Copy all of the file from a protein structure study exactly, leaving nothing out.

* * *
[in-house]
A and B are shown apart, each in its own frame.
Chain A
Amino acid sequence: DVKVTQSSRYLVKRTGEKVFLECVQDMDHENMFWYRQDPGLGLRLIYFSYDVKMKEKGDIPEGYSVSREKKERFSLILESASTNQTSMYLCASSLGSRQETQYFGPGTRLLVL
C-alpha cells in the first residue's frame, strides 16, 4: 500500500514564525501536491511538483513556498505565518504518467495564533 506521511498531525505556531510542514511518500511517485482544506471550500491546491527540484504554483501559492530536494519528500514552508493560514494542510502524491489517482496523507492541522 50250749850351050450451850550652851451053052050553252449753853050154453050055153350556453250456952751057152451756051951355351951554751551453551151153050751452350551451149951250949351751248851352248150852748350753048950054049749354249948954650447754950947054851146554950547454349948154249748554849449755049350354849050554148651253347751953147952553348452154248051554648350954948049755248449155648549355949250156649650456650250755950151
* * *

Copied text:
[in-house]
A and B are shown apart, each in its own frame.
Chain A
Amino acid sequence: DVKVTQSSRYLVKRTGEKVFLECVQDMDHENMFWYRQDPGLGLRLIYFSYDVKMKEKGDIPEGYSVSREKKERFSLILESASTNQTSMYLCASSLGSRQETQYFGPGTRLLVL
C-alpha cells in the first residue's frame, strides 16, 4: 500500500514564525501536491511538483513556498505565518504518467495564533 506521511498531525505556531510542514511518500511517485482544506471550500491546491527540484504554483501559492530536494519528500514552508493560514494542510502524491489517482496523507492541522 50250749850351050450451850550652851451053052050553252449753853050154453050055153350556453250456952751057152451756051951355351951554751551453551151153050751452350551451149951250949351751248851352248150852748350753048950054049749354249948954650447754950947054851146554950547454349948154249748554849449755049350354849050554148651253347751953147952553348452154248051554648350954948049755248449155648549355949250156649650456650250755950151